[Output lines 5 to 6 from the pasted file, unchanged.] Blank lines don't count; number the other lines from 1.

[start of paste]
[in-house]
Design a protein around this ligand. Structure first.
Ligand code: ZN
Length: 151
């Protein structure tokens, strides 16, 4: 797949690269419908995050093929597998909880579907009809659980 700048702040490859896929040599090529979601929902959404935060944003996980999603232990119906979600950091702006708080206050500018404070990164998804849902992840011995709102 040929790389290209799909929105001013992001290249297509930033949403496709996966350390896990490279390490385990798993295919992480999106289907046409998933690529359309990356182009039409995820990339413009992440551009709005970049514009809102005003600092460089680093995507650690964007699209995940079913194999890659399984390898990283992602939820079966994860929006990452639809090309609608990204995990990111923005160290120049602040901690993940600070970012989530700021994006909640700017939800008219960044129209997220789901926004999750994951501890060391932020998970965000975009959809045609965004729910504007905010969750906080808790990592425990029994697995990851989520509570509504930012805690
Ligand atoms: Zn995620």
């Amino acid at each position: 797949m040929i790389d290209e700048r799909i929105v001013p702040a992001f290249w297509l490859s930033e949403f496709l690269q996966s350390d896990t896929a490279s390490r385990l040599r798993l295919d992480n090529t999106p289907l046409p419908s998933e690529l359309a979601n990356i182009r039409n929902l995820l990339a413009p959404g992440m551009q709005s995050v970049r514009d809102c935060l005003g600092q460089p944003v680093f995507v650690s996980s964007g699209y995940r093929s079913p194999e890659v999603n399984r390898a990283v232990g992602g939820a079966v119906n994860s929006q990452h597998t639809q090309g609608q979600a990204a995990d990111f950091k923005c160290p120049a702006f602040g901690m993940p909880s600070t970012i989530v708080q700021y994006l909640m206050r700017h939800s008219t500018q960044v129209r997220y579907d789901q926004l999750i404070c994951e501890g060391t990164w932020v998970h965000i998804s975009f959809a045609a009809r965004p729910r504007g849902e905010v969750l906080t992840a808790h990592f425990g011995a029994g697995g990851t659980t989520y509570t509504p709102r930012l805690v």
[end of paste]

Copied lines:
């Protein structure tokens, strides 16, 4: 797949690269419908995050093929597998909880579907009809659980 700048702040490859896929040599090529979601929902959404935060944003996980999603232990119906979600950091702006708080206050500018404070990164998804849902992840011995709102 040929790389290209799909929105001013992001290249297509930033949403496709996966350390896990490279390490385990798993295919992480999106289907046409998933690529359309990356182009039409995820990339413009992440551009709005970049514009809102005003600092460089680093995507650690964007699209995940079913194999890659399984390898990283992602939820079966994860929006990452639809090309609608990204995990990111923005160290120049602040901690993940600070970012989530700021994006909640700017939800008219960044129209997220789901926004999750994951501890060391932020998970965000975009959809045609965004729910504007905010969750906080808790990592425990029994697995990851989520509570509504930012805690
Ligand atoms: Zn995620």